Interesting Facts about Starlings (The best of from: Wikipedia):
- Starlings are medium-sized passerines.
- Scientific classification
- The shortest-bodied species Kenrick’s starling (Poeoptera kenricki) has 15 cm.
- The lightest-weight species Abbott’s starling (Poeoptera femoralis) has 34 grams.
- The largest secies the Nias hill myna (Gracula robusta) has 36 cm and 400 grams.
- There are 25 species.
- The plumage of the starling is often brightly coloured due to iridescence; this colour is derived from the structure of the feathers, not from any pigment.
- Starlings imitate a variety of avian species and have a repertoire of about 15–20 distinct imitations. Starlings have also been known to imitate other man-made environmental sounds, such as phone boxes and cars.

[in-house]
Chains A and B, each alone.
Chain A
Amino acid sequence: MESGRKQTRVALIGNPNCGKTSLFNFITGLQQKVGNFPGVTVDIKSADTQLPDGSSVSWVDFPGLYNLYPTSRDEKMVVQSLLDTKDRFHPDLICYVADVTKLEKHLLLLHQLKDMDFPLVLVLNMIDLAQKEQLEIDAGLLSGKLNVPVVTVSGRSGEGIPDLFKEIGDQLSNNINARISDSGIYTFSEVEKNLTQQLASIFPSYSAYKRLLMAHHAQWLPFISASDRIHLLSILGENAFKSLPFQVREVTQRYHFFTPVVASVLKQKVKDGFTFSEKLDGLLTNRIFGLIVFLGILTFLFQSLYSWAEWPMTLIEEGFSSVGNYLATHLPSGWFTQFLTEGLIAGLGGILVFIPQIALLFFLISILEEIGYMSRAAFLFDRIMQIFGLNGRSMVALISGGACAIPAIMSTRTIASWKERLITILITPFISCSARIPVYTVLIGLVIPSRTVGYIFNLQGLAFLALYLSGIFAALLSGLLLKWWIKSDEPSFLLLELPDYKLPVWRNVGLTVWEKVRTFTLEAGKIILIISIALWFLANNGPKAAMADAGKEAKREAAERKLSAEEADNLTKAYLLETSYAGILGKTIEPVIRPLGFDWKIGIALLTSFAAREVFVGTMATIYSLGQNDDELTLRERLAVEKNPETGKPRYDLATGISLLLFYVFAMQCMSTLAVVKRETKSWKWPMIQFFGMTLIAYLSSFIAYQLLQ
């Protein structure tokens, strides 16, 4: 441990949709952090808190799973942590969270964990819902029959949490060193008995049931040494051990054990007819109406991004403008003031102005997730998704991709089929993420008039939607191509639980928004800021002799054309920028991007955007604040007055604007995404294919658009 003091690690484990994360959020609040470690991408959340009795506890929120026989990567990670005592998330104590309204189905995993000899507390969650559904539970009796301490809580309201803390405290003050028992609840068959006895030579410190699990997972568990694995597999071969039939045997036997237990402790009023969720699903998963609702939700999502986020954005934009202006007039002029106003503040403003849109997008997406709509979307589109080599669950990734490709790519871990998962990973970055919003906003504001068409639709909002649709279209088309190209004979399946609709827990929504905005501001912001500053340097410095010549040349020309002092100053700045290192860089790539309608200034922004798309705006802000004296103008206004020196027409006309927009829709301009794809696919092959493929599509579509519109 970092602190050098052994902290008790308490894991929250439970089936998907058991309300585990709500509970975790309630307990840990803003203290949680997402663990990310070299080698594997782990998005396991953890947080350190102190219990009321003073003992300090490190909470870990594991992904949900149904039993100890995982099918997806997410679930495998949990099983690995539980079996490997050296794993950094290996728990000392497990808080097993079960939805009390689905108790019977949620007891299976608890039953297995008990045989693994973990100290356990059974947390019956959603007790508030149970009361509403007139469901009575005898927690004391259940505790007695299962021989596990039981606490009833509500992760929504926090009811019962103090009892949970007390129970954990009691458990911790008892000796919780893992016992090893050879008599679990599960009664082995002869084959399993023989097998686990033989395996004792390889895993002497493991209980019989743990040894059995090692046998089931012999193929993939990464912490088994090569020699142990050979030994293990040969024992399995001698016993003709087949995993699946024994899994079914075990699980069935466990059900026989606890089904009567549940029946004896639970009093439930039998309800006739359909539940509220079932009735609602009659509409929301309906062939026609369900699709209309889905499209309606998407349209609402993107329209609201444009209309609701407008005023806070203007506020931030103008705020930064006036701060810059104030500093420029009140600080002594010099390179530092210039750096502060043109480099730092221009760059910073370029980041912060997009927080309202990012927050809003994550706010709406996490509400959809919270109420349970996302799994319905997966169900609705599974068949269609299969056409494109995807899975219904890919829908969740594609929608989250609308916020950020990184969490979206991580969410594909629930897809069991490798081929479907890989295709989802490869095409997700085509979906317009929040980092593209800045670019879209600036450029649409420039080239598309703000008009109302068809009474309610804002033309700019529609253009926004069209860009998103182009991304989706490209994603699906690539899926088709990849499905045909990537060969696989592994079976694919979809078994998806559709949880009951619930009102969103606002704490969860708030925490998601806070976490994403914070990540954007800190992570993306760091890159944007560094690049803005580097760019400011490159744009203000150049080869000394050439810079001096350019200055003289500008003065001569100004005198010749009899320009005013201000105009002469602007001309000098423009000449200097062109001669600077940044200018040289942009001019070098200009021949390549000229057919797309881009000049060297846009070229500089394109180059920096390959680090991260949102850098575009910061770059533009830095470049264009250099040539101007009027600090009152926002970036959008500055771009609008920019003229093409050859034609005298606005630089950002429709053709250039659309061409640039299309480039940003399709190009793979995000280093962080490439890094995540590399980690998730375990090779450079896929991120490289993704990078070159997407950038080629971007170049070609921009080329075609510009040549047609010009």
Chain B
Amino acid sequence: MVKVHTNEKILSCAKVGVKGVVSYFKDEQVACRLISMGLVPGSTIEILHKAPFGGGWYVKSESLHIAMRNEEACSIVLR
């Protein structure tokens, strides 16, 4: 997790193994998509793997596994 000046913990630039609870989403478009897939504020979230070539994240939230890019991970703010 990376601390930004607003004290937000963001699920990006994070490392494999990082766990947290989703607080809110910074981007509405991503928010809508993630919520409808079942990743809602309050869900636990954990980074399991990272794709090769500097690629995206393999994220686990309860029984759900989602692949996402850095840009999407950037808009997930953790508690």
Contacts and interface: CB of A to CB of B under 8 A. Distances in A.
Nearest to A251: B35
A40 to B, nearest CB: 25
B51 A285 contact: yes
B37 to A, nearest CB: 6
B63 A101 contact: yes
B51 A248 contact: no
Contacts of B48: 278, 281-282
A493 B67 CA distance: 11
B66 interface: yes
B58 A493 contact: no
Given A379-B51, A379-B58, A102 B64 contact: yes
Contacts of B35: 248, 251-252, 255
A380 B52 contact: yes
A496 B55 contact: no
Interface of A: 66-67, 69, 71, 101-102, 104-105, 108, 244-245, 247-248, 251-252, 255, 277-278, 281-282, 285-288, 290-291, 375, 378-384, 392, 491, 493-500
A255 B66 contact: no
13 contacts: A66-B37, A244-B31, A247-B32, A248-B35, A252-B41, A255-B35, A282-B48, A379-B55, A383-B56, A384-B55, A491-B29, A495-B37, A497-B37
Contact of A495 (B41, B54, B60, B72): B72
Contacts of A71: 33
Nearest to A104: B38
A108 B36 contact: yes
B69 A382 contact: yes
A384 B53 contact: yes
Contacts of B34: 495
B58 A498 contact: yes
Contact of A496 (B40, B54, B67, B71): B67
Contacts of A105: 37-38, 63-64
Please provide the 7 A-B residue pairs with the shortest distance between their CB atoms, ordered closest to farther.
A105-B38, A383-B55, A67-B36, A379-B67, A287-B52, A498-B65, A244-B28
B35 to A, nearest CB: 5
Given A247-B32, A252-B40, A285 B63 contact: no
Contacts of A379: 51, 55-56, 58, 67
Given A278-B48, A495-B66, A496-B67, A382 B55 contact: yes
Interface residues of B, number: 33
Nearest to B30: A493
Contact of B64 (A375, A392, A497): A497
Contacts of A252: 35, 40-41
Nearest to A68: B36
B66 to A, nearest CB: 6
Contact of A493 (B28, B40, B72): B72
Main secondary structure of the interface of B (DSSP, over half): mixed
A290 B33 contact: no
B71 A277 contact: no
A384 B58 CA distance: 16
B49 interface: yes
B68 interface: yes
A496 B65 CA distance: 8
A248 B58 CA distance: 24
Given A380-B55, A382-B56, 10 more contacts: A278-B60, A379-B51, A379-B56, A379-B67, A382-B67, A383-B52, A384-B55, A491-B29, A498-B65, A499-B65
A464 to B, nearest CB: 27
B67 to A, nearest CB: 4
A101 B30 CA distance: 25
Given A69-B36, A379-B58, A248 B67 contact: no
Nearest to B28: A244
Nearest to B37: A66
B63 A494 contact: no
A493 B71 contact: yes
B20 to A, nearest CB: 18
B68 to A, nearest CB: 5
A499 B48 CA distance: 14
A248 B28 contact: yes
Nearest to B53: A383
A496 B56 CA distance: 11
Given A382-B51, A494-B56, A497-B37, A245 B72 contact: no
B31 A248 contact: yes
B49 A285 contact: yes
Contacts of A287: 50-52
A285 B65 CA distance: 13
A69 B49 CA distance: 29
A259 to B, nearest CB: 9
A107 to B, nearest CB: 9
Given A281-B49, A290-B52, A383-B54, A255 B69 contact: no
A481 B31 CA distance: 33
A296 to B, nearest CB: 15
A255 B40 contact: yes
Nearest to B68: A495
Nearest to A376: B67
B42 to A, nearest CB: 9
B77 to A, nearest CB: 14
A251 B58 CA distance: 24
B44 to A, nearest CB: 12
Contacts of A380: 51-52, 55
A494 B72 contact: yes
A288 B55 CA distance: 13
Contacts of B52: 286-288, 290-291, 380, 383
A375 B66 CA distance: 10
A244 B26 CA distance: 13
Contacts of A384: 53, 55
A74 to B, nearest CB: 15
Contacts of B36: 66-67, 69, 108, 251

- The diets of the starlings are usually dominated by fruits and insects.
- The starlings are generally a highly social family. Most species associate in flocks of varying sizes throughout the year.
- A flock of starlings is called a murmuration. These flocks may include other species of starlings and sometimes species from other families. This sociality is particularly evident in their roosting behaviour; in the non-breeding season some roosts can number in the thousands of birds.
Source of the Starling photo: keywordhut.com.
Look this… it is amazing:
During the winter you may be lucky enough to see a starling murmuration. These flocks gather in the evening and perform amazing aerobatic displays before dropping into their favoured roost sites. Flocks provide safety in numbers for birds returning to roost as predators find it hard to target individual birds. In addition, they benefit from the warmth of other birds and the opportunity to exchange information.
Have you ever seen a murmuration? If you have, you would know it. Seeing hundreds — even thousands — of starlings flying together in a whirling, ever-changing pattern is a phenomenon of nature that amazes and delights those lucky enough to witness it.
Source of the Featured Image: alaindelorme.com.